Experts testify in Johnny Depp’s defamation suit against Amber Heard

Testimony in Johnny Depp’s defamation lawsuit against his ex-wife Amber Heard resumed Tuesday at the Fairfax County Circuit Court in Virginia as a former nurse for Heard and a forensic accountant took the stand.

Erin Falati, the nurse, was shown photographs she received in 2016 from Heard who appears to have red marks on her face, but said she didn’t recall the pair fighting.

Monday’s witnesses included Depp’s agent and a longtime security guard. The agent, Jack Whigham, testified that the 2018 op-ed piece in The Washington Post in which Heard described herself as a victim of domestic abuse was “catastrophic” to Depp’s career and coincided with the loss of a nearly $23 million deal for a “Pirates of the Caribbean” sequel.

Heard’s lawyers pushed back aggressively against the agent’s assertion on cross-examination, suggesting that the article was inconsequential amid a stream of bad publicity for Depp brought on by his own bad behavior.

Actress Amber Heard talks to her attorney in the courtroom during a break in the testimony on May 2, 2022. 


Depp is suing Heard for libel, saying her article defamed him when she described herself as “a public figure representing domestic abuse.” The article never mentions Depp by name, but Depp’s lawyers say he was defamed nevertheless because it’s a clear reference to abuse allegations Heard levied in 2016.
In testimony Monday, Whigham said Depp was still able to work after the initial allegations made against him in 2016. He was paid $8 million for “City Of Lies,” $10 million for “Murder on the Orient Express” and $13.5 million for “Fantastic Beasts: The Crimes of Grindelwald,” all of which shot in 2017, albeit under contracts reached prior to the allegations made against him.

But he said The Washington Post piece was uniquely damaging to Depp’s career.
“It was a first-person account, extremely impactful,” Whigham said of the op-ed.

Actor Johnny Depp listens in the courtroom on May 2, 2022.


After that, he said Depp struggled to get any kind of work. He had to take a pay cut — down to $3 million — to do the independent film “Minimata,” and a $22.5 million verbal deal he had with Disney for a sixth “Pirates” film was scuttled, Whigham said.
On cross-examination, though, Heard’s lawyers asked whether the “Pirates” deal had already gone south by the time Heard’s article was published. Whigham acknowledged he never had a written deal for Depp to appear in a sixth “Pirates” film.” And while he said “Pirates” producer Jerry Bruckheimer talked favorably throughout 2018 about Depp coming back to the franchise, Disney executives were noncommittal at best.
By early 2019, weeks after Heard’s op-ed, Whigham said it was clear that Depp’s role in any “Pirates” film was scuttled and that producers were instead looking to move ahead with Margot Robbie in a lead role.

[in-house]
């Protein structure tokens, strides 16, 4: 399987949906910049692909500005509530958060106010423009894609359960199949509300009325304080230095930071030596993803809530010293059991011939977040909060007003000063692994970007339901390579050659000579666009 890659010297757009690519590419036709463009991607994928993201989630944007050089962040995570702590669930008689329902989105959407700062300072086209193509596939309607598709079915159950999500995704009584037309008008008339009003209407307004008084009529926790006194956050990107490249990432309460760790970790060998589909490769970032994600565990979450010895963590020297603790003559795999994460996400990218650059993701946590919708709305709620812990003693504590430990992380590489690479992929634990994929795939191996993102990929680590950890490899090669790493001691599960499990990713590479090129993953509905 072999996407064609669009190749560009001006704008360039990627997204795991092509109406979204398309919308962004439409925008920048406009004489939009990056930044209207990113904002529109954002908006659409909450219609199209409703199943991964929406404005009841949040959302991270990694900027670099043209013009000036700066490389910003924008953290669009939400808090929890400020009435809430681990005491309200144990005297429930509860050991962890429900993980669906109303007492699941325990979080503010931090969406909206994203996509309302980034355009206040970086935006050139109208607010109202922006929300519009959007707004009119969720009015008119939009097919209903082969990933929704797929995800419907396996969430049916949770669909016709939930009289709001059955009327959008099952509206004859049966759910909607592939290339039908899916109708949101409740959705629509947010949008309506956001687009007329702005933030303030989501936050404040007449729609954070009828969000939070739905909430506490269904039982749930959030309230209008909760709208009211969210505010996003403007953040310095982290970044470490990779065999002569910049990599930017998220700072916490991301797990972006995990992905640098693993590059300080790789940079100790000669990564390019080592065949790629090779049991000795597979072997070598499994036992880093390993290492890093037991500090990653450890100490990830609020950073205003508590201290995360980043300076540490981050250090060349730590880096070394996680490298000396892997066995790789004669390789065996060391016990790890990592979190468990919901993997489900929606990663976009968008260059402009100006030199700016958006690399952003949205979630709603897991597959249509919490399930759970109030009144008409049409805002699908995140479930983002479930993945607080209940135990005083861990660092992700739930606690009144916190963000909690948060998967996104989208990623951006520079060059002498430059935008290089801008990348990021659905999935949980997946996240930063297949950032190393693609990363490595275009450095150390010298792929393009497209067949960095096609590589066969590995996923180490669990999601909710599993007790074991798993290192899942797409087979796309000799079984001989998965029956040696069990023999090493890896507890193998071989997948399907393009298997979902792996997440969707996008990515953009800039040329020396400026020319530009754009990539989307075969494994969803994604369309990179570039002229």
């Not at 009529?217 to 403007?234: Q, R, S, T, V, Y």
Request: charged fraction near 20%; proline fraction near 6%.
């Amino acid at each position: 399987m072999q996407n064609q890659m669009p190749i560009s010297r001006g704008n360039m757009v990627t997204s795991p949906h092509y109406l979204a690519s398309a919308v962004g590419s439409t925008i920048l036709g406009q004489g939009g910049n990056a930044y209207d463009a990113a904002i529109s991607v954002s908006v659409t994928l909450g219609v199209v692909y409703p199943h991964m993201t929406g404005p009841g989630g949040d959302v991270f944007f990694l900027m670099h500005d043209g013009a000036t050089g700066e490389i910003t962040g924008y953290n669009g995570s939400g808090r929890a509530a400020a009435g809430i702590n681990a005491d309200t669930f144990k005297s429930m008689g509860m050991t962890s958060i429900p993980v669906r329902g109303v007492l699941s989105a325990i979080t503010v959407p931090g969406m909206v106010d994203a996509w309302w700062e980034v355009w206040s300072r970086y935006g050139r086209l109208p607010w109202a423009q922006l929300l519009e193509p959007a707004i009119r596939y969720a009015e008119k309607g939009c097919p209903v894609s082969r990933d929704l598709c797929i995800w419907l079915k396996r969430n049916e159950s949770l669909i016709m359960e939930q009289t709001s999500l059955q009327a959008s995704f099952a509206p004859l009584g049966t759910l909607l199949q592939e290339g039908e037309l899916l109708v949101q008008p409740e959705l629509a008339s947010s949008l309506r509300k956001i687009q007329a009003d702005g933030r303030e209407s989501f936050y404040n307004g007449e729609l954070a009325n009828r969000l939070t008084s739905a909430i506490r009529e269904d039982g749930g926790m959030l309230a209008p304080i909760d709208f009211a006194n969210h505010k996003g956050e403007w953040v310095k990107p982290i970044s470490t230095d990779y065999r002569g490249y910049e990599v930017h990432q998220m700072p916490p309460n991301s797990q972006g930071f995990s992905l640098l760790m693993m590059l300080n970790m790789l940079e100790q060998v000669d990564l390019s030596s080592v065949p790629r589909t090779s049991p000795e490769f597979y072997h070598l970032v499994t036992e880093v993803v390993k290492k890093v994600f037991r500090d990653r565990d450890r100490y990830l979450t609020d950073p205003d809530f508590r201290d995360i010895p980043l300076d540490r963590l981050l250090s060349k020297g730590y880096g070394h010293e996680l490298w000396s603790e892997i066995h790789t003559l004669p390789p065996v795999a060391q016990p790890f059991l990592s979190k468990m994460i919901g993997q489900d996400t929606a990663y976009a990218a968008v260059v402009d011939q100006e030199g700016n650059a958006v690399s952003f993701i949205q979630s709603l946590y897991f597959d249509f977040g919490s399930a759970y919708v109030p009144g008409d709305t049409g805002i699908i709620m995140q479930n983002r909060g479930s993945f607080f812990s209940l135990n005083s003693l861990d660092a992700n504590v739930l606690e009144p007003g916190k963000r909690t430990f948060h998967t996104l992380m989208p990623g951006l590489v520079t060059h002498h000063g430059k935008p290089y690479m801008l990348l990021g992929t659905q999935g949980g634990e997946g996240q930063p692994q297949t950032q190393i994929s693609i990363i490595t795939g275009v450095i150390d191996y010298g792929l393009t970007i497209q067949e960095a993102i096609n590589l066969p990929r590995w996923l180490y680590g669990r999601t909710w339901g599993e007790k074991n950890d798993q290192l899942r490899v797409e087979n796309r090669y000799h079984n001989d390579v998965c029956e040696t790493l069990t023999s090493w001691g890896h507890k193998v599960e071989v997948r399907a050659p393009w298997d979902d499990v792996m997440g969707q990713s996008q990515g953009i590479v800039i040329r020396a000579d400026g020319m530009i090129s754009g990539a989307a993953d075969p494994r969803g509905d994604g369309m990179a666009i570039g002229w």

Heard’s lawyers have cited a variety of factors — including reports of heavy drug and alcohol use, a lawsuit by a crew member in July 2018 who says he was punched on set by Depp, and a separate libel lawsuit Depp filed against a British newspaper in 2018 — as things that damaged Depp’s image more than the Post article.
For Depp’s Virginia lawsuit to be successful, he not only needs to show that he was falsely accused, but he also needs to show that the op-ed piece — not Heard’s abuse allegations in 2016 when she filed for divorce and obtained a temporary restraining order — is what caused the damage.
Depp’s lawyers also presented testimony from an intellectual property expert who testified about the negative turn in Depp’s reputation. But his own data, showing trend lines from Google searches, showed negative spikes occurring after the 2016 abuse allegations, but negligible or nonexistent changes after the Post article.

The court also heard testimony Monday from a longtime security guard for Depp who witnessed the couple’s increasingly volatile relationship. Travis McGivern described hearing arguments between them ramp up after they returned from a trip to Australia in March 2015 — “I wouldn’t say nightly, but every other night, several times a week,” he said.

McGivern said he was present for “lots of name-calling, lots of f-bombs,” which he said were typically from “Miss Heard, directing her feelings toward Mr. Depp.” He also described an argument in which “I saw Miss Heard throw a Red Bull can from her position that struck Mr. Depp in the back.”

The trial has now entered its fourth week. Much of the testimony during the first three weeks centered on the volatile relationship between Depp and Heard. Depp says he has never struck Heard. Her lawyers said during the trial’s opening statements that she was physically and sexually abused by Depp on multiple occasions.
Heard is expected to testify later this week.

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